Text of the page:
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Sites Approved to Operate in Close Proximity

Nutrition Services Division Management Bulletin

To: Summer Food Service Program Sponsors

Number: 04-704

Attention: Food Program Director

Date: August 2004

Subject: Open Summer Meal Sites Approved to Operate in Close Proximity

Reference: United States Department of Agriculture Summer Food Service Program (SFSP) Policy Memo 04-06; SP Policy Memo 04-06

This Management Bulletin provides the attached guidance from the United States Department of Agriculture (USDA) regarding "open" sites operating in close proximity. Please share this information with appropriate staff.

This memo is to inform sponsors and State agencies how multiple open sites may operate a summer program in close proximity to one another following the current program regulations. 

In many neighborhoods, State agencies have allowed only one site to operate, and State agencies have always given schools priority over the area.  This situation does not support current USDA priorities to expand access and participation in summer meals. The goal is best accomplished by bringing meals to where the children are through utilizing faith and community based organizations to serve additional summer meal sites.  This policy memo offers several situations where State agencies can approve more than one open site, if given some assurance the same children will not be served at multiple sites. 

Even in a small geographic area of a quarter mile square, we have seen a park program, a school, and a Boys and Girls Club and found the children at each location feel more comfortable going to that particular site and are not interested in traveling to another site for a second meal. 

We found schools have had only limited success drawing children from the surrounding community.  Schools are primarily serving their enrolled summer-school children and have only a small number of children from the community come for a meal.  Children are by and large not interested in returning to school during the summer to receive a meal.  Feedback has shown that instead of having to walk to another site children prefer to receive a meal at a community based site where they are already participating in activities. 

We have noted situations in several surveys and field reviews where it would be practicable to have two or more open sites in close proximity in an area, each serving its own distinct group of children.  (For example, an elementary school serves lunch in the cafeteria to summer school and some community children, and a public park activity two blocks away also serves lunch but to a different age-group of children.)  Historically, schools would have priority over the whole area, and the nearby park sites could not participate in the Summer Food Service Program (SFSP). The children would have to leave the park site and go to the school for the meal, something many children do not want to do.  We believe the goal should be to take the summer meals program to where the children are.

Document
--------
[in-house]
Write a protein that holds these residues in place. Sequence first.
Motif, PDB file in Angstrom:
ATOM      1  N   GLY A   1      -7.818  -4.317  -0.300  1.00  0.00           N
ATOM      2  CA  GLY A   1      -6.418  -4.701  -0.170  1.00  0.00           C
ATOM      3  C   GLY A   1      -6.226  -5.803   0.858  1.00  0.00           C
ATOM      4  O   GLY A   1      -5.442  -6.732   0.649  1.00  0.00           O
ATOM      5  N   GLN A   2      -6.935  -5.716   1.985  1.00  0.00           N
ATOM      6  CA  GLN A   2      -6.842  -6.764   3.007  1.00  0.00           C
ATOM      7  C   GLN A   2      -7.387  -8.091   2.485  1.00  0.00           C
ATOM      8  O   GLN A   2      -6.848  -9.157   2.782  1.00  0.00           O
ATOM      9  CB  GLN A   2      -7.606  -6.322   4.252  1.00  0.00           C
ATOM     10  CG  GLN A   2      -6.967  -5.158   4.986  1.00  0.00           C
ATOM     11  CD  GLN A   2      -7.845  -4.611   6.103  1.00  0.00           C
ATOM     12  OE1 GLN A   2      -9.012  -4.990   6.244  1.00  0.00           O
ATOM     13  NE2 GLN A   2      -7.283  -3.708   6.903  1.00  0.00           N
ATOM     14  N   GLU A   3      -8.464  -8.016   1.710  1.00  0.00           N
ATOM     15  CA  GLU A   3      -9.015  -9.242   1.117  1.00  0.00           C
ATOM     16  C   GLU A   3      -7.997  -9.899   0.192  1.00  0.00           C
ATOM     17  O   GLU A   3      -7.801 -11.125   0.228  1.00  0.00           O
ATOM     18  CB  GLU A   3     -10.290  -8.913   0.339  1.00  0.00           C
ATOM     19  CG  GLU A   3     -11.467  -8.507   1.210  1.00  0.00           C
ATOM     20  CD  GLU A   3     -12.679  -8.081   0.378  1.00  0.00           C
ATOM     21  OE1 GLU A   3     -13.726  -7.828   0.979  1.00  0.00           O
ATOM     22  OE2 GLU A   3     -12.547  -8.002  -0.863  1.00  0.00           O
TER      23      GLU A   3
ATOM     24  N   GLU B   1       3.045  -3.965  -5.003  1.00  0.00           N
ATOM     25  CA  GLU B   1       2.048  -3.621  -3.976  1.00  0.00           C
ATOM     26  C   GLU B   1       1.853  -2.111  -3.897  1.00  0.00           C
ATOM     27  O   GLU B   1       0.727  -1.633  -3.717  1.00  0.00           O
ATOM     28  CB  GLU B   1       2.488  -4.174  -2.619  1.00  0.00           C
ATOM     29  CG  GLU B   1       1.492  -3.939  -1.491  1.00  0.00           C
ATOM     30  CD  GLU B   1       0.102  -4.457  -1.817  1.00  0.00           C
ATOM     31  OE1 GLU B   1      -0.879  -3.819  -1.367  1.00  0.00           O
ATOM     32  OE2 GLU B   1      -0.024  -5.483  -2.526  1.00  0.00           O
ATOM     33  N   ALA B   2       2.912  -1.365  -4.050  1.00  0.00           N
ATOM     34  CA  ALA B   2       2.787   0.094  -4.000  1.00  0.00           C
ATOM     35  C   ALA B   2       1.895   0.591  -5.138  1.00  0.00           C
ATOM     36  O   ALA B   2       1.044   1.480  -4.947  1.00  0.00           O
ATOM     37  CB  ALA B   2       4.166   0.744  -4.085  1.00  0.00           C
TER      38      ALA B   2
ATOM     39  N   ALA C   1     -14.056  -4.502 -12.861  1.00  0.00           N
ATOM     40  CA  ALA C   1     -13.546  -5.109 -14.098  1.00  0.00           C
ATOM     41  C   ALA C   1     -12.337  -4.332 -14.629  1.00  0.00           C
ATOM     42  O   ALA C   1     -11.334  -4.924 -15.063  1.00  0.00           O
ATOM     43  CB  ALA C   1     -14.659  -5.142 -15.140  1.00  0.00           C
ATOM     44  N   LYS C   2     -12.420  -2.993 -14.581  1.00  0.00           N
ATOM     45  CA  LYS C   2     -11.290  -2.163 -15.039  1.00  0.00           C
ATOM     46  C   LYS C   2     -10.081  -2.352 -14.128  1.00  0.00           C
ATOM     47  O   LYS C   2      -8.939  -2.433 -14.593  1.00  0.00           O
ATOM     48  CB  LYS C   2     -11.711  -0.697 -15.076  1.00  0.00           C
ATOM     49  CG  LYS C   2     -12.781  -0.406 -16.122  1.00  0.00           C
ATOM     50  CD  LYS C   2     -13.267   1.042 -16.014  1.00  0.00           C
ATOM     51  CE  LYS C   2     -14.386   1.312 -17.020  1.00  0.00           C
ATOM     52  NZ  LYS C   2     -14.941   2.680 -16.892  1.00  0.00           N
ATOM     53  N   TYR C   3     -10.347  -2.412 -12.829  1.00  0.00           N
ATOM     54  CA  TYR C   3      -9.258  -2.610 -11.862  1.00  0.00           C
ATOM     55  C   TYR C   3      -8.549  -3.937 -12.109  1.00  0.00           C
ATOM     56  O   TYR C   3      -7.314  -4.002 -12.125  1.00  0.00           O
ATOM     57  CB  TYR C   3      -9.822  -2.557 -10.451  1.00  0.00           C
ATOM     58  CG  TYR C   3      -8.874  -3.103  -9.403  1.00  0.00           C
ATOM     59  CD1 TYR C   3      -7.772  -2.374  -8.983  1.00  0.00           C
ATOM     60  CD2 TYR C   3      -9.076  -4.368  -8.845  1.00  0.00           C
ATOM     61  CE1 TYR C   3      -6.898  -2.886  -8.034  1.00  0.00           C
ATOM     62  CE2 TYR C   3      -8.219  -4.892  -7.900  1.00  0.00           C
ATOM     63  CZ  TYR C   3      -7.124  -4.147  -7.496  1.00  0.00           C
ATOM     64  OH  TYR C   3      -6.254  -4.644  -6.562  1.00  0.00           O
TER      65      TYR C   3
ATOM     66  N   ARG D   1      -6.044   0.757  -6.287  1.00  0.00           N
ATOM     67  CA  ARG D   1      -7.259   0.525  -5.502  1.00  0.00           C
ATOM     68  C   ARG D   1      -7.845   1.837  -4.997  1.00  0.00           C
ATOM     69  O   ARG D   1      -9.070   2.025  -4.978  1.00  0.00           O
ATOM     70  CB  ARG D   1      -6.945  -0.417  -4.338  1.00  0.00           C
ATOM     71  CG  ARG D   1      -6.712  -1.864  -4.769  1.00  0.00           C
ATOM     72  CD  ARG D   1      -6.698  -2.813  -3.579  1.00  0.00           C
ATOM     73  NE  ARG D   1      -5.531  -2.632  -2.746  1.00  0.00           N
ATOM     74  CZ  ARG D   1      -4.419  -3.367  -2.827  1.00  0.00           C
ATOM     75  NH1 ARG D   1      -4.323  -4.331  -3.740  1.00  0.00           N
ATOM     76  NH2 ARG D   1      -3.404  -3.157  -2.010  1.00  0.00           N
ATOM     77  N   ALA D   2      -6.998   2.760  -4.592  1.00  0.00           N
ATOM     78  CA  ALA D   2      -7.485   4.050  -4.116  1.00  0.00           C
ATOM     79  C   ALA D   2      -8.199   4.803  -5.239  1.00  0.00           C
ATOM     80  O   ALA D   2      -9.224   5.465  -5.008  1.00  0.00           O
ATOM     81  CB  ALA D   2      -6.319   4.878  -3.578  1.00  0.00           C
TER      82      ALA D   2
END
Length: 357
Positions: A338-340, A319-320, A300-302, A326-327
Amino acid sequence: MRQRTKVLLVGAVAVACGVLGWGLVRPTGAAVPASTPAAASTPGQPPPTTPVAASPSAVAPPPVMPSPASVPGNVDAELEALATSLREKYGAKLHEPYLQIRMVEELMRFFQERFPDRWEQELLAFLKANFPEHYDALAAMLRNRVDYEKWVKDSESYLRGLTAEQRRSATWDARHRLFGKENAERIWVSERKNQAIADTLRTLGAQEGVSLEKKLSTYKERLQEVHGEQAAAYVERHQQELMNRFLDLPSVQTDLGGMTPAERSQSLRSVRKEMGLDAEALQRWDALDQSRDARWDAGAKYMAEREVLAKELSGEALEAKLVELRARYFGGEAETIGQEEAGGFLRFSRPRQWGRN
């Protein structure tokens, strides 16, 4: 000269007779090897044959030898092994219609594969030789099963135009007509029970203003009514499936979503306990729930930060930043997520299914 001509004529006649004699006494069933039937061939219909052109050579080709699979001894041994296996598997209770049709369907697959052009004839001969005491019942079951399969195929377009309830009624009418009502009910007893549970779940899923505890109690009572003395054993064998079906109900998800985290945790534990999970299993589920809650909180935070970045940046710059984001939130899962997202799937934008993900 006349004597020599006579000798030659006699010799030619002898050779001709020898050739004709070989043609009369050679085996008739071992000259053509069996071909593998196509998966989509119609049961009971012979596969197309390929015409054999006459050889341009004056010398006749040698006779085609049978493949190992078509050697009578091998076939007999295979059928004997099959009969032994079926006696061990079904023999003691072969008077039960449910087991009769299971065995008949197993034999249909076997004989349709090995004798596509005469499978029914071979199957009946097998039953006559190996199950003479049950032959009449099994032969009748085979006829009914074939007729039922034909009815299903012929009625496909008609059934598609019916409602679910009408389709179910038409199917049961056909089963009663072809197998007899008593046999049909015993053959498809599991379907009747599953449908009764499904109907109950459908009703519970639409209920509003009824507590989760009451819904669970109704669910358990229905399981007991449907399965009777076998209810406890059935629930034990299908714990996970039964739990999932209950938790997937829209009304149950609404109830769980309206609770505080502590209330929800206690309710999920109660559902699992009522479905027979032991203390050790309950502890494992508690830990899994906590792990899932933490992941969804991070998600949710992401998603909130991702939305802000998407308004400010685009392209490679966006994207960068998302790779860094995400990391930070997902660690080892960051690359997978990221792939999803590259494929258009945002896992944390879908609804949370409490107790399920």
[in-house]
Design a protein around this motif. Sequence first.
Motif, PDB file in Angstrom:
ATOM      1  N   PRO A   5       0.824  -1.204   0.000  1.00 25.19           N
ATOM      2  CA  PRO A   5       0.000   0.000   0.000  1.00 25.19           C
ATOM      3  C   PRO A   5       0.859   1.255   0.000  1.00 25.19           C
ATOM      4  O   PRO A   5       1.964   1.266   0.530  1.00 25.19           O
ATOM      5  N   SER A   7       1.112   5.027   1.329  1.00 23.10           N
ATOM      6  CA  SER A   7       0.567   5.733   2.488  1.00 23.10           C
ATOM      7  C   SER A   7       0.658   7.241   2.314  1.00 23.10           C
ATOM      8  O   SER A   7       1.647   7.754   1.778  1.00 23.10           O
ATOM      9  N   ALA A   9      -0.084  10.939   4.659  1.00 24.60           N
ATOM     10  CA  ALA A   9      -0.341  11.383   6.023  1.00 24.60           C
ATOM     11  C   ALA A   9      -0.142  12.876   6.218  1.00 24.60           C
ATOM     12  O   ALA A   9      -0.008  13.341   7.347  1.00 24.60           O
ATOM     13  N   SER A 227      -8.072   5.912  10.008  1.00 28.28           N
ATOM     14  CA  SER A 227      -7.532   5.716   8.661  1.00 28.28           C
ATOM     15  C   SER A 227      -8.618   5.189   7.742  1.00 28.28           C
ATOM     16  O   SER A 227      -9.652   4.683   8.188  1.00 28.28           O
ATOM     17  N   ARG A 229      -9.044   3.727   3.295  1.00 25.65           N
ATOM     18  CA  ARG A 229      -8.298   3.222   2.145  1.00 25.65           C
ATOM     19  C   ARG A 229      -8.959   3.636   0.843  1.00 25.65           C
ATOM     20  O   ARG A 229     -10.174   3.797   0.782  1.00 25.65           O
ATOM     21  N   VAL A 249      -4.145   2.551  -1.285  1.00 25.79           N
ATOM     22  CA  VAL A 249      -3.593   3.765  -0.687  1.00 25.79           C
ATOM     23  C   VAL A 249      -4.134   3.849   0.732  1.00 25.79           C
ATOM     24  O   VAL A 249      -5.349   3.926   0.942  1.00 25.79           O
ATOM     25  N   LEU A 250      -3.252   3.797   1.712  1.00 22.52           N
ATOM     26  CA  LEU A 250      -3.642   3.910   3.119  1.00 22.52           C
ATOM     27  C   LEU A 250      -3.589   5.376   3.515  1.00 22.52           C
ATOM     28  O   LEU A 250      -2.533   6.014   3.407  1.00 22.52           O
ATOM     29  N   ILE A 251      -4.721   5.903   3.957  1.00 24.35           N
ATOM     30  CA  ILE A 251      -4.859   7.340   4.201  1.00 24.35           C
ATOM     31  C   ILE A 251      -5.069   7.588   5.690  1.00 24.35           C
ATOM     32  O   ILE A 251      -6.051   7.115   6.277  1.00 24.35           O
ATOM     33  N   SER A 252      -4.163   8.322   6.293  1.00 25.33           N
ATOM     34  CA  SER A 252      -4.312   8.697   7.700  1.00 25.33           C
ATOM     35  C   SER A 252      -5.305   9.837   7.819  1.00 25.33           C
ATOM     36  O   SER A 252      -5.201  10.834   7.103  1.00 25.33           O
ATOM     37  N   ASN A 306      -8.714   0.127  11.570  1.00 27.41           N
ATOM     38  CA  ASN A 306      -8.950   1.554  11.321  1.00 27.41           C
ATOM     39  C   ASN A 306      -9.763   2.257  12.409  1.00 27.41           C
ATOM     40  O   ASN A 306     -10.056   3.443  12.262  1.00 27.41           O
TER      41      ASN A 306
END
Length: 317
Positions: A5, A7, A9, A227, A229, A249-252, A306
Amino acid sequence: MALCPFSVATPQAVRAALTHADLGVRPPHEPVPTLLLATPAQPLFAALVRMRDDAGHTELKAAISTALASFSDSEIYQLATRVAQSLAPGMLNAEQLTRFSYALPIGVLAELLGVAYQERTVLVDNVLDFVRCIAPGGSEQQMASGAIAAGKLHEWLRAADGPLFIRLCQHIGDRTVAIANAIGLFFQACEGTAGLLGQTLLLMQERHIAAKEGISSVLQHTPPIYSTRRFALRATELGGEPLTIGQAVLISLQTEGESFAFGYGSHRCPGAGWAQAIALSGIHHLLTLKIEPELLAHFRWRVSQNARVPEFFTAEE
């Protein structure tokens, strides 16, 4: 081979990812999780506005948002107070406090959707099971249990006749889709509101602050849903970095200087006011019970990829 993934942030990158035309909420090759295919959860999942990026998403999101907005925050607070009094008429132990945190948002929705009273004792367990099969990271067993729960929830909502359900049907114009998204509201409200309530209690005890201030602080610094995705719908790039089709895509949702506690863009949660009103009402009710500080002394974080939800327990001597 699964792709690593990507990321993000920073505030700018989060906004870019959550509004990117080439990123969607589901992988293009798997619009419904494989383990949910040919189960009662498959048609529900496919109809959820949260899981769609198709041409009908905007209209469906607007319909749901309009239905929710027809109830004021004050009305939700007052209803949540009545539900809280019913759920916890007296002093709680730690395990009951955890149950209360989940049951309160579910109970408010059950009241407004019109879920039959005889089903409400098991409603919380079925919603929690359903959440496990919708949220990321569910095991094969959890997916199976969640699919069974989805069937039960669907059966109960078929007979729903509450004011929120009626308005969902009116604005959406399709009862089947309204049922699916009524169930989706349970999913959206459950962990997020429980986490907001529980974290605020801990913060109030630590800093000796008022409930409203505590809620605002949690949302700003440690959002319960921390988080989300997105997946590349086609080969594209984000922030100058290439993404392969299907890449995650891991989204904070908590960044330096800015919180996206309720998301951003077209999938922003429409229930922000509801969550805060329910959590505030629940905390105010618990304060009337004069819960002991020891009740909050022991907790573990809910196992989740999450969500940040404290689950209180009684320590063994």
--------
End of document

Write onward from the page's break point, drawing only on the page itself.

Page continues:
To support the greatest summer meal participation and access it may be appropriate to allow multiple open sites to operate in the community, each serving its own audience, under these conditions: the sites need to serve at the same/similar time and for a similar length of time to prevent children from going to more than one site for the same meal.

State agencies need to require sponsors wanting to operate sites in close proximity to each other to document in their program applications how they plan to deal with sites in close proximity to ensure children do not travel from site to site for meals.  Where relevant you may request the sponsor to explain how differences in the population of children they intend to serve require multiple sites in close proximity to each other.  It is also reasonable to request sites shorten the meal service time to prevent children from eating at more than one site.   

If your reviewers see a situation where this rule is abused, they should then address this with the sponsor.  Reviewers should inquire how the sponsor(s) plan to correct the problem.  We recommend the State agency allow the sponsor to test their corrective action plan to see if it eliminates the problem, before the State agency takes action to mandate a change or close the site.  The reviewer should follow up with the sponsor by phone or a site visit if possible to ensure the problem has been corrected.

USDA Policy Memo 04-06 (attachment is no longer available)

Questions:   Nutrition Services Division | 800-952-5609
Last Reviewed: Wednesday, April 15, 2015

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